In the centenary of the Easter Rising, London’s Photographer’s Gallery is holding an exhibition of photographs highlighting critical events leading up to the rebellion, its immediate effects and also its aftermath.
Located just a few metres from London’s Oxford Street, it can be very easy to miss the Photographer’s Gallery on Ramilles Street. You can access it via a tiny staircase from the heaving shopping thoroughfare, but you’re better off wandering around Carnaby and finding it that way. Even so, the whole street feels like a bit of an afterthought, the way small London streets tend to do.
But once inside the space, nothing is an afterthought. The exhibition draws on the remarkable collection of Sean Sexton to present a small but comprehensive history of the Easter Rising. Sexton is an avid collector of rare and curious photographs, and the only ones he will not sell are from his Irish collection which now numbers more than 20,000.
If you’re expecting nothing but pictures of destruction and war – the exact events of the rebellion – you may be sadly disappointed. The curator has done a good job of placing the Easter Rising within a larger context. The earliest photographs are from the 1860s to 1890s and show the poverty experienced in rural Ireland at that time. In one scene of tenants being evicted during the Land Wars, a young family, the children barefoot, stare directly at the camera. They are framed by the tumbledown stones of their meagre cottage. But there are also moments of defiance, such as a large outdoor mass being held in spite of the Penal Laws. Amongst these are portraits of early leaders and nationalist activists, such as John Mitchell, Charles Gavan Duffy and Michael Davitt. Progressing historically, there are then photos of damage in Dublin’s streets and some discrete scenes of violence. Apparently, few photos of the actual hostilities remain due to the difficulties of photography and ‘blanket censorship enforced by the authorities’.
I’m not Irish, and I know little about Irish history, so I enjoyed the opportunity to learn about this event in a holistic way. There were people, there were important people, there were poor farmers, there were movements and uprisings and agitation and despair – and all of these are captured in this amazing (but very small) space.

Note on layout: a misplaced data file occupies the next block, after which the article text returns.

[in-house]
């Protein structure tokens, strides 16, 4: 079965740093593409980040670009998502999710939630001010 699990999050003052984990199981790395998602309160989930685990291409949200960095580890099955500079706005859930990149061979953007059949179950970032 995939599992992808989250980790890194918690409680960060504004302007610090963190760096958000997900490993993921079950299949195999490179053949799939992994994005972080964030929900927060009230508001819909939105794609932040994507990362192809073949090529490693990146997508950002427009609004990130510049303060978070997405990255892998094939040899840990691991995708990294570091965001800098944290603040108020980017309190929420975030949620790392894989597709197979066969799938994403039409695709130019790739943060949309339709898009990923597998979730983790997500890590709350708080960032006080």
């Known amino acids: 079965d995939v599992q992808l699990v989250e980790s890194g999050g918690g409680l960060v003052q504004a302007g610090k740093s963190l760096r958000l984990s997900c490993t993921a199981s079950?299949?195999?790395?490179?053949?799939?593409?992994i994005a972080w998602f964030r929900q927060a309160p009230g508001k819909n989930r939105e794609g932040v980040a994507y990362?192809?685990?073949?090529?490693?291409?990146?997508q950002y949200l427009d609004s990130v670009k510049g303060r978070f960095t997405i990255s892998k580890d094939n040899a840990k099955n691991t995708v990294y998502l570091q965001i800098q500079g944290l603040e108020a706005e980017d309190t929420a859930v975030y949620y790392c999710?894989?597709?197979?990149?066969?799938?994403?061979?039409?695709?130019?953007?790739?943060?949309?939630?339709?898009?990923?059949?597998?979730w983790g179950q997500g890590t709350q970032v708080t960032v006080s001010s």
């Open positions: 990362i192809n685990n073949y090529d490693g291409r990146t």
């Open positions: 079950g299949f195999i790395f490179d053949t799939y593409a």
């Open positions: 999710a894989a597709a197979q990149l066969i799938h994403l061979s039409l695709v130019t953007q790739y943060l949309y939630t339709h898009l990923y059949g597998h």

After the failure of the uprising and the execution of some of its leaders, public opinion towards Irish independence changed, and this exhibition suggests that part of this was because photos of the executed ‘martyrs’ began to widely circulate – a successful propaganda tool.
The exhibition hasn’t excluded women, either. A photo of the Countess Markievicz, revolutionary nationalist and later Irish Cabinet minister, in her full aristocratic regalia sits alongside a (posed) portrait of her with a gun. The highlight was Mrs Folkard, the Sinn Fein delegation’s cook. The delegation to London in 1921 were so suspicious of the English that they refused to eat their food, so poor Mrs Folkard joined them. She looks mostly unimpressed as she peels potatoes, framed by the plain brick exterior of the back of the house. In her plan white smock, she is a wonderful contrast.
Wandering around the exhibition and taking notes, I was surprised by the number of people coming in. And these weren’t just people glancing at the pictures and wandering off – no, these were people who were staring intently, reading carefully, chatting earnestly. This is definitely an important exhibition, at the very least for Irish people living in or visiting London, or anyone wanting to learn more about this event through contemporary and documentary sources.
Easter Rising at the Photographer’s Gallery runs until 3 April 2016.